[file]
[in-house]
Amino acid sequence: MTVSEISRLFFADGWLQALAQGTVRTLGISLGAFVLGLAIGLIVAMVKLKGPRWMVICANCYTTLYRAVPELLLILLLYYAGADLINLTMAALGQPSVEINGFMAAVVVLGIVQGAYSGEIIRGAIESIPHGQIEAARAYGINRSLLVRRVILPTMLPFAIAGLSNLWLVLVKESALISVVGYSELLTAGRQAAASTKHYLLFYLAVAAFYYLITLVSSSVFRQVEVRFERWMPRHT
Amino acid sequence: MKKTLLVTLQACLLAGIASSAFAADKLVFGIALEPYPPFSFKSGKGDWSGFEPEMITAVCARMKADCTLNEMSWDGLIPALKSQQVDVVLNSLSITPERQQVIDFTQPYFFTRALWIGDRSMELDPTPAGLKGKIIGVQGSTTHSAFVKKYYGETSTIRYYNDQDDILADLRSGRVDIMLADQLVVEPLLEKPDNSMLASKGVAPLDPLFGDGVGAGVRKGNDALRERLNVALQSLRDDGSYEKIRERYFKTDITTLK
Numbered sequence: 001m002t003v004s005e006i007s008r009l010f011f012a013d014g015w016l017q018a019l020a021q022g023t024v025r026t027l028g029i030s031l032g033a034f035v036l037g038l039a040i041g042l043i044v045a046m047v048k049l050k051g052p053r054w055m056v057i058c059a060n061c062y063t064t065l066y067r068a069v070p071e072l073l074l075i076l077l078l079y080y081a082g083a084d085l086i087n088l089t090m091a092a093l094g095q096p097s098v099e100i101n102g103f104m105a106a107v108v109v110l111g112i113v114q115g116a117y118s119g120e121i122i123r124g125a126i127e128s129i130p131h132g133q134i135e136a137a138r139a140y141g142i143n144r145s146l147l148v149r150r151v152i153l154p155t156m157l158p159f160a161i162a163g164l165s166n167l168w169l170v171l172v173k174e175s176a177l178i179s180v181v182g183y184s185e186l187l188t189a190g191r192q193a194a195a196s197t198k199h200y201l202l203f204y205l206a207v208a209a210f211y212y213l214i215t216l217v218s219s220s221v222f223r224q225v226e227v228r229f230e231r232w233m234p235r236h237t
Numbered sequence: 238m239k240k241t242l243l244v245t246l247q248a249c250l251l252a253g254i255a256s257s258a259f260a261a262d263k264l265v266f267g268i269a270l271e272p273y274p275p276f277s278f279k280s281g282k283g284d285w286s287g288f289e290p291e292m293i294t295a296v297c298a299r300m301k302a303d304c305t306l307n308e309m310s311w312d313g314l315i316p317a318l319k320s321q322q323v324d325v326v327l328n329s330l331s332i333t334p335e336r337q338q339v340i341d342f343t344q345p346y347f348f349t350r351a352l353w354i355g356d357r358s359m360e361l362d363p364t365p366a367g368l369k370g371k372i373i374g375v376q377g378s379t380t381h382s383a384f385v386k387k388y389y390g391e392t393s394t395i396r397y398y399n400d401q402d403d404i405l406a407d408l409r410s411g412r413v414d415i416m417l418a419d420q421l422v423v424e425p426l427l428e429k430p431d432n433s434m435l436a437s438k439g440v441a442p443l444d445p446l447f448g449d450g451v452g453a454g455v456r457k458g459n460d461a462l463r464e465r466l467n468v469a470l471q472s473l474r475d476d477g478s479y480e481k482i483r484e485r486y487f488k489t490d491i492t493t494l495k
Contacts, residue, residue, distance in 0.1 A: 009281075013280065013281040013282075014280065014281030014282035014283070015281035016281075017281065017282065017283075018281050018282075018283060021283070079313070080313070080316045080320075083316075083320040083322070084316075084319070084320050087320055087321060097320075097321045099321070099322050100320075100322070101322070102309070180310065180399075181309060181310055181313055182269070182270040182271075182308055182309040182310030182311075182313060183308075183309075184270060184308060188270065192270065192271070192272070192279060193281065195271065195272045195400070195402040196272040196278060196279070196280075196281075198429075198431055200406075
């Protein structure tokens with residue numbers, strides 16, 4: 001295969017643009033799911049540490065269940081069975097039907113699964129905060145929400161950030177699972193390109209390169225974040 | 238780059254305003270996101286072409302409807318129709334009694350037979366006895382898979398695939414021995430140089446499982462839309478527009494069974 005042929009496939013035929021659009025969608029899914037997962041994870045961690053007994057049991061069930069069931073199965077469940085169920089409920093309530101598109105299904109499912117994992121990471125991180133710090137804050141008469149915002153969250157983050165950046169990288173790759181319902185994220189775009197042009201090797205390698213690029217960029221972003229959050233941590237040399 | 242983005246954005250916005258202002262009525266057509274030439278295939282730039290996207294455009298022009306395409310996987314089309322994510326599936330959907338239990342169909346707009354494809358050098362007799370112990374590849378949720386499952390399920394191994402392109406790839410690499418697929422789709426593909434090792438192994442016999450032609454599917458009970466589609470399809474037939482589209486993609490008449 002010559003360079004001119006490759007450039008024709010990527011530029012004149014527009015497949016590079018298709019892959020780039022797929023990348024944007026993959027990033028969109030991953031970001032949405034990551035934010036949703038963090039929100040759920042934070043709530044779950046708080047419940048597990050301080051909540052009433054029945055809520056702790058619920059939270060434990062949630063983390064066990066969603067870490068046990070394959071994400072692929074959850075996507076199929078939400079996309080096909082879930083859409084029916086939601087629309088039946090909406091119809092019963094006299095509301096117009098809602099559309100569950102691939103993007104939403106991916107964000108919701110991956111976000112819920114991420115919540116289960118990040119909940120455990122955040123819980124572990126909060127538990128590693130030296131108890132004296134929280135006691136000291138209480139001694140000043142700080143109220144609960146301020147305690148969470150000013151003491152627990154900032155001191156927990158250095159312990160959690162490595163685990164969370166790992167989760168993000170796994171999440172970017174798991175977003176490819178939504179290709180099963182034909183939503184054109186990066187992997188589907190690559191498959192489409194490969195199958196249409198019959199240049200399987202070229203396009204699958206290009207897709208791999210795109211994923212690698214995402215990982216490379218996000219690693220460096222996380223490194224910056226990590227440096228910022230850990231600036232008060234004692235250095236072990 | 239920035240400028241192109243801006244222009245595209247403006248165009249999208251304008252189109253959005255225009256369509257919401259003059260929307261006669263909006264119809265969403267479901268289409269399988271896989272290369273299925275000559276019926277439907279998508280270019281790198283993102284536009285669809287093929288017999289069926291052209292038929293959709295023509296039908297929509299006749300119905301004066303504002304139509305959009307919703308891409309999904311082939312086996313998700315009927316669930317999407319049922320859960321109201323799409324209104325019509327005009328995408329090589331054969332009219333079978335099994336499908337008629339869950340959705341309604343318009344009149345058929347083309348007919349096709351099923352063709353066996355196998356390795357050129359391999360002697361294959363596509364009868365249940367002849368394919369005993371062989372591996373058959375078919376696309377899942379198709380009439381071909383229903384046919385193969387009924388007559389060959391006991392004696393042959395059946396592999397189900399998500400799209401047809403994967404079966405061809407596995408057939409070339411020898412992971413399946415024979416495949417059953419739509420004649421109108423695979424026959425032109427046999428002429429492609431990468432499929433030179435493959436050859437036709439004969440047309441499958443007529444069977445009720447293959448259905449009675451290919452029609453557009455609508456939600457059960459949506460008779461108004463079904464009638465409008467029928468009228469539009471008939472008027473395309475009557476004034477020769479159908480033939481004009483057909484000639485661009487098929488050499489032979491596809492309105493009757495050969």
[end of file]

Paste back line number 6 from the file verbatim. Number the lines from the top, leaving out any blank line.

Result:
Contacts, residue, residue, distance in 0.1 A: 009281075013280065013281040013282075014280065014281030014282035014283070015281035016281075017281065017282065017283075018281050018282075018283060021283070079313070080313070080316045080320075083316075083320040083322070084316075084319070084320050087320055087321060097320075097321045099321070099322050100320075100322070101322070102309070180310065180399075181309060181310055181313055182269070182270040182271075182308055182309040182310030182311075182313060183308075183309075184270060184308060188270065192270065192271070192272070192279060193281065195271065195272045195400070195402040196272040196278060196279070196280075196281075198429075198431055200406075